Many investors are expecting inflation to increase, but as the Fed has said it would allow inflation to overshoot its target, stocks were not affected much
The S&P 500 and the Dow on Friday rose to close at record highs, posting a third straight weekly increase partly on a lift from growth stocks, with a late-day rally building gains ahead of the quarterly earnings season next week.
Growth names have found their footing over the past two weeks after being outperformed by value stocks for most of the year. A pullback in the 10-year US Treasury yield from a 14-month high hit late last month encouraged buying in growth.
Data showed US producer prices increased more than expected last month, bringing the largest annual gain in nine-and-a-half years.
Many investors now expect higher inflation as COVID-19 vaccine rollouts help the US economy rebound from lockdowns, yet stocks showed little concern as the US Federal Reserve has maintained that it would allow inflation to overshoot its target.
“This is why all week long [US Chairman Jerome Powell] was jawboning, he made sure everyone understood they were expecting a spike and they are ready for it; it wasn’t a surprise,” said Ken Polcari, managing partner at Kace Capital Advisors in Jupiter, Florida.
“Which is why the market is not backing off, because he succeeded in jawboning the anxiety and stopped people from getting really panicked about it,” Polcari said.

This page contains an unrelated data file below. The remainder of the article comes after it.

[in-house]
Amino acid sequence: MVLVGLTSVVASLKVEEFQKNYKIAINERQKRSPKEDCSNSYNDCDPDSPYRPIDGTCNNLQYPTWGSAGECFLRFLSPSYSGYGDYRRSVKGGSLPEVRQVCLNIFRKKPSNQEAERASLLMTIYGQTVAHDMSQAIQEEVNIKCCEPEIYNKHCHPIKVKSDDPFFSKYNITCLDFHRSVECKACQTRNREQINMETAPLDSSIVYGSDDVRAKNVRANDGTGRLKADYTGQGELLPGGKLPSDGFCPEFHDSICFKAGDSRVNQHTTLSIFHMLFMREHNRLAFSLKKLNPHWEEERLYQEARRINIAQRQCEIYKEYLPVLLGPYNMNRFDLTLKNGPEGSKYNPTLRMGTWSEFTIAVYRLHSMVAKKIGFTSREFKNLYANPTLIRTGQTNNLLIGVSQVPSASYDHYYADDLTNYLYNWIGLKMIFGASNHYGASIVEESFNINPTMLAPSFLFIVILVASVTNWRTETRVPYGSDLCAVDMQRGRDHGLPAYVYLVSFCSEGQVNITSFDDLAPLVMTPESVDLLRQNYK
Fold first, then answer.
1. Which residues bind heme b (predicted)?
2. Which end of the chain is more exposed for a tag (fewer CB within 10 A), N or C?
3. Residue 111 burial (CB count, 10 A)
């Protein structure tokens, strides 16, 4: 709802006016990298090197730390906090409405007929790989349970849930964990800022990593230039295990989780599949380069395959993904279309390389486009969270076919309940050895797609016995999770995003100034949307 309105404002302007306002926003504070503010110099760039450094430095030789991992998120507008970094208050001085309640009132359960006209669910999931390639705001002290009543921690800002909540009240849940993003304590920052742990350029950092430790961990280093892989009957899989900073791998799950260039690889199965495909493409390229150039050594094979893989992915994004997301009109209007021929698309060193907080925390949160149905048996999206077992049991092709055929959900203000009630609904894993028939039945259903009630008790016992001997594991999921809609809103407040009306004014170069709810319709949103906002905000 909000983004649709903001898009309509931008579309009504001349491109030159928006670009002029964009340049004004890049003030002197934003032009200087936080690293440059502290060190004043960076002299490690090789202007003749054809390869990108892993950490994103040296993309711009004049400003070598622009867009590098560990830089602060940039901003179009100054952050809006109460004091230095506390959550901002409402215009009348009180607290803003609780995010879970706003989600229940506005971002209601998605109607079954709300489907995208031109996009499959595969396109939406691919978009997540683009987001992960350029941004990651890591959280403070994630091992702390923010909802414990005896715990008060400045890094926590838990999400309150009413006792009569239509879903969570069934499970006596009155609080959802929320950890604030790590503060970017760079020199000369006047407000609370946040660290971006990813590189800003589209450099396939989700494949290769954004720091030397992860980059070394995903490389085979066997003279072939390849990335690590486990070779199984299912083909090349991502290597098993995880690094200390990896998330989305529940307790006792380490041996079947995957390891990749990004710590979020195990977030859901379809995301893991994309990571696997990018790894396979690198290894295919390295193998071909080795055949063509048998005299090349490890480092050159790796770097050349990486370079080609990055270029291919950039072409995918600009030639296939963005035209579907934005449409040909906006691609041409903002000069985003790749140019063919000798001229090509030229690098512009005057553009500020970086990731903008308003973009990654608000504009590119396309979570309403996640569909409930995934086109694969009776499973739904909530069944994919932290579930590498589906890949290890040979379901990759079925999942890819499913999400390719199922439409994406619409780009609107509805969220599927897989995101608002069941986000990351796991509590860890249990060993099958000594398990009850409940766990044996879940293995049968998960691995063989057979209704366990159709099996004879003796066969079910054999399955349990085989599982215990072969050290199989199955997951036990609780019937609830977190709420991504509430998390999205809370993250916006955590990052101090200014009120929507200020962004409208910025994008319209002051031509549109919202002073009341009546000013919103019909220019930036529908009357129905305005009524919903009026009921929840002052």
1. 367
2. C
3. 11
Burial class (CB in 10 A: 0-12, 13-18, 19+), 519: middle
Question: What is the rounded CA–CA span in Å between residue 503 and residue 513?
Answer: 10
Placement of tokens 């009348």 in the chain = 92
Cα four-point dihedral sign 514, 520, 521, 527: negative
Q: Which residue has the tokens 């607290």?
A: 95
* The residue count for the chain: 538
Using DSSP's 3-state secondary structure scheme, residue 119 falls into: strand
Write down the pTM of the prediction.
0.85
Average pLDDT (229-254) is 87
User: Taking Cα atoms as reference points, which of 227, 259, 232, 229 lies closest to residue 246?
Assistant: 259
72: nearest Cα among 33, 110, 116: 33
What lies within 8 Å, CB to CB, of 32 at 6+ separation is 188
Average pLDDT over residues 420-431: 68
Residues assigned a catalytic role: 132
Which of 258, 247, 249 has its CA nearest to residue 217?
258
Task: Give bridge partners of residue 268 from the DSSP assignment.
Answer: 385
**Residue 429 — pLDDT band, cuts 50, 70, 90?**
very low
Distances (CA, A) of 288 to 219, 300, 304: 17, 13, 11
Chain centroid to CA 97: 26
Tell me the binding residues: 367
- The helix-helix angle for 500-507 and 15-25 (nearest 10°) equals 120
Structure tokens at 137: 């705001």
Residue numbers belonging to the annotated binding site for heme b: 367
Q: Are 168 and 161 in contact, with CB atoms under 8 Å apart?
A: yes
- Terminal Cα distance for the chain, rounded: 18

The Dow Jones Industrial Average rose 297.03 points, or 0.89 percent, to 33,800.6, the S&P 500 gained 31.63 points, or 0.77 percent, to 4,128.8 and the NASDAQ Composite added 70.88 points, or 0.51 percent, to 13,900.19.
For the week, the Dow advanced 1.95 percent, the S&P rose 2.71 percent and the NASDAQ climbed 3.12 percent.
The banks launch first-quarter earnings season next week, with Goldman Sachs Group Inc, JPMorgan Chase & Co and Wells Fargo & Co scheduled to report on Wednesday.
Analysts expect profits for S&P 500 firms to jump 25 percent from a year earlier, according to Refinitiv IBES data. That would be the strongest performance for the quarter since 2018.
Megacap names such as Apple Inc, Amazon.com Inc and Microsoft Inc, which are in the growth index, advanced to pace the S&P 500. Amazon shares rose 2.21 percent as warehouse workers in Alabama rejected an attempt to form a union.
The Russell 1000 growth index, comprised largely of technology stocks, outperformed its value counterpart, made up mostly of cyclical stocks such as financials and energy names, for a second week following the pullback in longer-dated Treasury yields.
The Bank of America’s weekly fund flow figures showed investors have pumped more money into equities over the past five months than in the last 12 years.
Volume on US exchanges was 8.69 billion shares, compared with the 11.71 billion average for the full session over the past 20 trading days.
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